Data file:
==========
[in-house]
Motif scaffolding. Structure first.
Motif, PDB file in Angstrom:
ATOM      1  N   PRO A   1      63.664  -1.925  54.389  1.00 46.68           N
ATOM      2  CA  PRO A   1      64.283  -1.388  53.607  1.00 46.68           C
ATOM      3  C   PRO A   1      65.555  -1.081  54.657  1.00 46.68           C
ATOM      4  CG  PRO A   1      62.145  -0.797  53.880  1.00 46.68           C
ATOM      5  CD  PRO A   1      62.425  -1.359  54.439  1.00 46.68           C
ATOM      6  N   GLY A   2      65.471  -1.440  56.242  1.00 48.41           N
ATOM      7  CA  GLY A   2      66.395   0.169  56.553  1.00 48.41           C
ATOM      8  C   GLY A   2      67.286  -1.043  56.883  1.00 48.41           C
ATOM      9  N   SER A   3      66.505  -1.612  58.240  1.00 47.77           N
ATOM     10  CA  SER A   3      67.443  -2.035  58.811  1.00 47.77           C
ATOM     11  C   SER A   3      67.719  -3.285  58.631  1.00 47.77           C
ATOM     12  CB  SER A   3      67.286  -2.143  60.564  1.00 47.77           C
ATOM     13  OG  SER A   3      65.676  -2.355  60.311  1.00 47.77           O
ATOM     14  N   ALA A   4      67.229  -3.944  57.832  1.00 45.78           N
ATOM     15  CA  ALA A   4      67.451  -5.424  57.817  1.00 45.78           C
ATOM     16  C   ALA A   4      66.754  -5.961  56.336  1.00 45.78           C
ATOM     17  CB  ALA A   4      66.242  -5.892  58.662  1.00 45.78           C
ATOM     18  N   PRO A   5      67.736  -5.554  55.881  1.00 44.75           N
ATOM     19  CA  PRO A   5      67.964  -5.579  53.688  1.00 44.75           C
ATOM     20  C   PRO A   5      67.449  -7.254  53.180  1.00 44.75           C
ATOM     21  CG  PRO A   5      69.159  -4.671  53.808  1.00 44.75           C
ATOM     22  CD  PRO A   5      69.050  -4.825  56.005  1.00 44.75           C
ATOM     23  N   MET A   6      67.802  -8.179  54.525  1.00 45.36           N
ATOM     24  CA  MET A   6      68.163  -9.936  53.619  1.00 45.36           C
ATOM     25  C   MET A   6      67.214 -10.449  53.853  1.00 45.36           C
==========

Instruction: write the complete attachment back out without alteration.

[in-house]
Motif scaffolding. Structure first.
Motif, PDB file in Angstrom:
ATOM      1  N   PRO A   1      63.664  -1.925  54.389  1.00 46.68           N
ATOM      2  CA  PRO A   1      64.283  -1.388  53.607  1.00 46.68           C
ATOM      3  C   PRO A   1      65.555  -1.081  54.657  1.00 46.68           C
ATOM      4  CG  PRO A   1      62.145  -0.797  53.880  1.00 46.68           C
ATOM      5  CD  PRO A   1      62.425  -1.359  54.439  1.00 46.68           C
ATOM      6  N   GLY A   2      65.471  -1.440  56.242  1.00 48.41           N
ATOM      7  CA  GLY A   2      66.395   0.169  56.553  1.00 48.41           C
ATOM      8  C   GLY A   2      67.286  -1.043  56.883  1.00 48.41           C
ATOM      9  N   SER A   3      66.505  -1.612  58.240  1.00 47.77           N
ATOM     10  CA  SER A   3      67.443  -2.035  58.811  1.00 47.77           C
ATOM     11  C   SER A   3      67.719  -3.285  58.631  1.00 47.77           C
ATOM     12  CB  SER A   3      67.286  -2.143  60.564  1.00 47.77           C
ATOM     13  OG  SER A   3      65.676  -2.355  60.311  1.00 47.77           O
ATOM     14  N   ALA A   4      67.229  -3.944  57.832  1.00 45.78           N
ATOM     15  CA  ALA A   4      67.451  -5.424  57.817  1.00 45.78           C
ATOM     16  C   ALA A   4      66.754  -5.961  56.336  1.00 45.78           C
ATOM     17  CB  ALA A   4      66.242  -5.892  58.662  1.00 45.78           C
ATOM     18  N   PRO A   5      67.736  -5.554  55.881  1.00 44.75           N
ATOM     19  CA  PRO A   5      67.964  -5.579  53.688  1.00 44.75           C
ATOM     20  C   PRO A   5      67.449  -7.254  53.180  1.00 44.75           C
ATOM     21  CG  PRO A   5      69.159  -4.671  53.808  1.00 44.75           C
ATOM     22  CD  PRO A   5      69.050  -4.825  56.005  1.00 44.75           C
ATOM     23  N   MET A   6      67.802  -8.179  54.525  1.00 45.36           N
ATOM     24  CA  MET A   6      68.163  -9.936  53.619  1.00 45.36           C
ATOM     25  C   MET A   6      67.214 -10.449  53.853  1.00 45.36           C